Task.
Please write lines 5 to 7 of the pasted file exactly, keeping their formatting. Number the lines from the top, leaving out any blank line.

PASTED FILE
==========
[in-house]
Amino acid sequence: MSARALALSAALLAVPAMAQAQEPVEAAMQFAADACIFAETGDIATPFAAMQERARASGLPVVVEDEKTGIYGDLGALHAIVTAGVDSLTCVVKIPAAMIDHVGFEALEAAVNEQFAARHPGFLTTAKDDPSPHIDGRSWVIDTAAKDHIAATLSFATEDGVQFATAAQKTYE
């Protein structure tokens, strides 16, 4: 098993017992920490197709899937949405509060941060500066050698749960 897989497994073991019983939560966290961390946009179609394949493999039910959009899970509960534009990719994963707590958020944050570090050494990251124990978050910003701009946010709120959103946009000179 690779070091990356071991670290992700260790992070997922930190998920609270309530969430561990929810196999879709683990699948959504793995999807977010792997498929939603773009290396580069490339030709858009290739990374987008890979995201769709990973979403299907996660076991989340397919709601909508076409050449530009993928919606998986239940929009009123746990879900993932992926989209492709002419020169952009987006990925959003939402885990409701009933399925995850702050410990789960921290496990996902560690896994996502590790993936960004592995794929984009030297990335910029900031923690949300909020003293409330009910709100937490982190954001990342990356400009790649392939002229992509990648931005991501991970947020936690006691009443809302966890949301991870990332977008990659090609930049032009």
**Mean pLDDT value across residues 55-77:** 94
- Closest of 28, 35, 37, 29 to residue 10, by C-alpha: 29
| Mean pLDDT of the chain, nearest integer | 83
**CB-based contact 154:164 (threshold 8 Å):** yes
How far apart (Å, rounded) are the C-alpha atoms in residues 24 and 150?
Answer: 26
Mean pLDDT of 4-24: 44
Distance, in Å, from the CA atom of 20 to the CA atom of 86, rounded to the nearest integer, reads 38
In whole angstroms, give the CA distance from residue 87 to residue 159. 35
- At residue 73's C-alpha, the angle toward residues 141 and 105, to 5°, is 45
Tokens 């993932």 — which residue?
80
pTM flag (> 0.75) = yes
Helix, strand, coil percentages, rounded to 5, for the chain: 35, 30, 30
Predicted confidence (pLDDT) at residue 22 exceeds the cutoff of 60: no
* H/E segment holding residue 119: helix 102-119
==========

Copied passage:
- Closest of 28, 35, 37, 29 to residue 10, by C-alpha: 29
| Mean pLDDT of the chain, nearest integer | 83
**CB-based contact 154:164 (threshold 8 Å):** yes